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Whetters and Cutters
"A truly fascinating, lucidly written, informative, entertaining, and valuable contribution to the growing canon of pig literature, or even of literature in general."—William Hedgepeth, author of The Hog Book
The wild boar appears to us as something straight out of a myth. But as Jeffrey Greene learned, these creatures are very real, living by night and, despite shrinking habitats and hordes of hunters, thriving on six continents.
Greene purchased an eighteenth-century presbytery in a region of ponds and forests in northern Burgundy between the Loire and Seine Rivers of France. He soon discovered he’d moved to one of the most densely populated boar areas in Europe. Following the gift of a side of boar from a neighbor, and a dramatic early-morning encounter with a boar-hunting party and its prey, Greene became fascinated with the animal and immersed himself in the legend and the reality of the wild boar.
Although it has no natural enemies, the boar is in constant conflict with humans. Most societies consider it a pest, not only wreaking havoc on crops and livestock, but destroying golf-course greens in search of worms, even creating a hazard for drivers (hogs on the roads cause over 14,000 car accidents a year in France). It has also been the object of highly ritualized hunts, dating back to classical times.
The animal’s remarkable appearance—it can grow larger than a person, and the males sport prominent tusks, called “whetters” and “cutters”—has inspired artists for centuries; its depictions range from primitive masks to works of high art such as Pietro Tacca’s Porcellino and paintings by Velázquez and Frans Snyders. The boar also plays a unique role in myth, appearing in the stories of Hercules and Adonis as well as in the folktale Beauty and the Beast.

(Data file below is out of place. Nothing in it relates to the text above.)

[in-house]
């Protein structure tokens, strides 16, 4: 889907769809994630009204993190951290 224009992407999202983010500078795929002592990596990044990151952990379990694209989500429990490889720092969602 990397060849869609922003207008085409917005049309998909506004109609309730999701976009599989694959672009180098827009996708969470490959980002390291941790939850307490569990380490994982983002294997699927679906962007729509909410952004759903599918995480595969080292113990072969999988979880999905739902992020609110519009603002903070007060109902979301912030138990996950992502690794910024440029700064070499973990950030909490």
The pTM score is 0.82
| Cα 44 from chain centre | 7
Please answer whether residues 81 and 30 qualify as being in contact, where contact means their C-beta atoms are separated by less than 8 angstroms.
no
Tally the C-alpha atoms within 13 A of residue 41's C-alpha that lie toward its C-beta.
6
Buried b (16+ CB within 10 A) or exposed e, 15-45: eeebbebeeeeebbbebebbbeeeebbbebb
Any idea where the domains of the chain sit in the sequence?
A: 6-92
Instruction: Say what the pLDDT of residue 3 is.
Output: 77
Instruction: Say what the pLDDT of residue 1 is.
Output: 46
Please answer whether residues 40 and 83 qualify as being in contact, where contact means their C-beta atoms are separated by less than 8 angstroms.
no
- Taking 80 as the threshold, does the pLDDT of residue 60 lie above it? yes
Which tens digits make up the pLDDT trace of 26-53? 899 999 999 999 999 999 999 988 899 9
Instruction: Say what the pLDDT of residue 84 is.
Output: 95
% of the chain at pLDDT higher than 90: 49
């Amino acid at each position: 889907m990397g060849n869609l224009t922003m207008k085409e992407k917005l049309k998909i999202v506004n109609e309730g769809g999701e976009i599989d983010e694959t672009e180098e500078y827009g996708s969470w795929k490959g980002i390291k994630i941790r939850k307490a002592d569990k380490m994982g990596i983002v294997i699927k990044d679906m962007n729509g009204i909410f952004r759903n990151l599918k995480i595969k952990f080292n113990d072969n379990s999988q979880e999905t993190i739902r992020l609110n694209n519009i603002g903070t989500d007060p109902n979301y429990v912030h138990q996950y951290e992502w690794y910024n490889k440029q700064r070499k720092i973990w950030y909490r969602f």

The author’s search for the elusive animal takes him to Sardinia, Corsica, and Tuscany; he even casts an eye to the American South, where he explores the boar’s feral-pig counterparts and descendents. He introduces us to a fascinating cast of experts, from museum curators and scientists to hunters and chefs (who share their recipes) to the inhabitants of chateaux who have lived in the same ancient countryside with generations of boars. They are all part of a journey filled with wonders and discoveries about these majestic animals the poet Robinson Jeffers called “beautiful monsters.”
"The Golden-Bristled Boar is an elegant book that looks at the landscape and ecology of what would seem to be our most inelegant natural neighbor—the star of dark paintings and angry fables, as well as, by family connection, the food of colonial America. Jeffrey Greene leads you deep in the forests of Burgundy—befriending hunters and biologists, and, along the way, bedazzling with stories of wild boar invasions throughout the swine-filled world. When you come out the other side, you are changed, not just in how you think about boars as a creature, but in how you think of them as the centerpiece of an ancient and wonderful country feast."—Robert Sullivan Jr., author of Rats: Observations on the History and Habitat of the City’s Most Unwanted Inhabitants